"Traditionally, ED physicians would see patients and then decide when those patients were...

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Working Thanksgiving Weekend? Here's What You can Expect

Schumacher Clinical Partners' Blog Editor

Thanksgiving is a time when families gather to reconnect, enjoy a great meal and watch some football. As experienced ED physicians know, it’s also the prime time for holiday-inspired injuries and illnesses. Whether it’s your first Thanksgiving shift or yet another in a long line of them, here’s a quick look at what’s likely to head your way this holiday:

Little Activity Early

Early in the day, you’ll likely see minimal crowding in your waiting room as most folks are lounging around, watching the big game, and waiting for the turkey button to pop.

But as the day -- and meal prep -- progresses, expect to see an influx of cooking- and carving-related injuries. According to Clinical Advisor, a website for NPs and PAs, Thanksgiving dinner preparation is a leading cause of ED visits at this time of year. After all, knives are sharp, and they don't discriminate...

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ED Flow: In-room Strategies to Improve Throughput

Schumacher Clinical Partners' Blog Editor

Part two of our three-part series on improving ED patient flow featured in Becker’s Hospital Review.

Many patients who have been admitted to the ED promptly, only to be marooned in a room waiting for lab test results or to be examined by a provider, will readily admit to a sense of uneasiness and distress.

Aside from the lack of efficiency brought on by tying up an emergency room bed, there is also an inherent danger relegating a patient in dire need of care to the waiting room.

In a recent article featured in Becker’s Hospital Review, “Clinical efficiency tricks for the emergency department: In-room,” Dr. Kenneth J. Heinrich, regional director with Schumacher Clinical Partners, says it does not have to be that way.

He outlines the primary strains on in-room efficiency in the emergency department and lays out some specific measures EDs can take to avoid them.


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Two Innovative Ways to Streamline Emergency Department Patient Arrivals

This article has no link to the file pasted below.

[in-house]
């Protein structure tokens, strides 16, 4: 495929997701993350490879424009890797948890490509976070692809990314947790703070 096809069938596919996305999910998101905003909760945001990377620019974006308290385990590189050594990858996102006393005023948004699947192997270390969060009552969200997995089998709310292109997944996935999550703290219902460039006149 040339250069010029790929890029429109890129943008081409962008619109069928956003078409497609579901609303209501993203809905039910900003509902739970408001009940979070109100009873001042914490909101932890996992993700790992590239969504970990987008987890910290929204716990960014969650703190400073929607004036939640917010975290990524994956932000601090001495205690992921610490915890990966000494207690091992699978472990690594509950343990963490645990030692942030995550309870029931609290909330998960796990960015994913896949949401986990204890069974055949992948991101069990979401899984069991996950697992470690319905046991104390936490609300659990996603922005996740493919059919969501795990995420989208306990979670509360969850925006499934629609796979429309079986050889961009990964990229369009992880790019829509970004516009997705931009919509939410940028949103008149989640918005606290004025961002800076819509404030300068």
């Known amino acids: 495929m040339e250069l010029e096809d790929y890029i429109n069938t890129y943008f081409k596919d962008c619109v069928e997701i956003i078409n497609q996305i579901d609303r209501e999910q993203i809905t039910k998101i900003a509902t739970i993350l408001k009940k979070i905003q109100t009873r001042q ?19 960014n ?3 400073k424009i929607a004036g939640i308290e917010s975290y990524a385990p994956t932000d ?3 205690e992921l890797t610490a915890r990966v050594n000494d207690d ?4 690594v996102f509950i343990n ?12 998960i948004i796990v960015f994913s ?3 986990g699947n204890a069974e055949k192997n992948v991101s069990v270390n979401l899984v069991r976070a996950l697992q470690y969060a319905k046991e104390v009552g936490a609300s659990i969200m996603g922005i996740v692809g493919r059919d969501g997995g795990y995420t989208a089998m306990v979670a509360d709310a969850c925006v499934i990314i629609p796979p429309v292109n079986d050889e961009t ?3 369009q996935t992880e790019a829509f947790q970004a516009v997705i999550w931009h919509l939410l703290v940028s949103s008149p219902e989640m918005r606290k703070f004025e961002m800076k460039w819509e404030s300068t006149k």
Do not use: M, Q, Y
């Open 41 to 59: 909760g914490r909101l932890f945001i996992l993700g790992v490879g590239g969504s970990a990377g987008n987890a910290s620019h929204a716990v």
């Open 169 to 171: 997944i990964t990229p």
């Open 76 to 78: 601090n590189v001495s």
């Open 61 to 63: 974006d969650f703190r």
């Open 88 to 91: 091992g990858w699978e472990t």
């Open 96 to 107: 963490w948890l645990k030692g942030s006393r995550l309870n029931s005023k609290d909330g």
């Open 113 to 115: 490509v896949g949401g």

Schumacher Clinical Partners' Blog Editor

Part one of our three-part series on ED efficiencies featured on

Linear emergency department arrival processes typically include unnecessary patient wait time, resulting in patient and provider frustration. Fortunately, emergency departments aren’t bound by straight-and-narrow approaches to patient flow.

In a recent article featured on, “Clinical efficiency tricks for the emergency department: Arrivals,” Dr. Kenneth J. Heinrich--an experienced emergency medicine regional directors with Schumacher Clinical Partners--offers more efficient, non-linear alternatives to standard arrival processes.

Learn how Dr. Heinrich leverages parallel processing to minimize patient hand-offs, boost efficiency, and improve patient satisfaction: Read the full article here.

Stay tuned for more of Dr. Heinrich’s expert tips,...

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Common CV Mistakes Residents Make and How to Avoid Them

Schumacher Clinical Partners' Blog Editor

Hospitals don't hire CVs; they hire doctors. But the quality of your CV can be what either gets you in the door for an interview or what closes the door. And, we know that if you don't get the interview, you certainly can't get the job.

To help you make the best impression possible, in a previous post, we discussed five key points to writing a CV that captures an employer's attention. In this one, we list seven common mistakes and how to avoid them.

1. Not Proofreading for Grammar and Typos

One of the worse mistakes you can make is to prepare a professional document and fail to proofread, checking for typos and grammatical errors.

As the Adventures in Medicine blog cautioned: A physician who lets errors creep into his CV may also be susceptible to leaving the odd swab in a patient. By “proofread,” we don't mean that you do this yourself, necessarily. If you have prepared...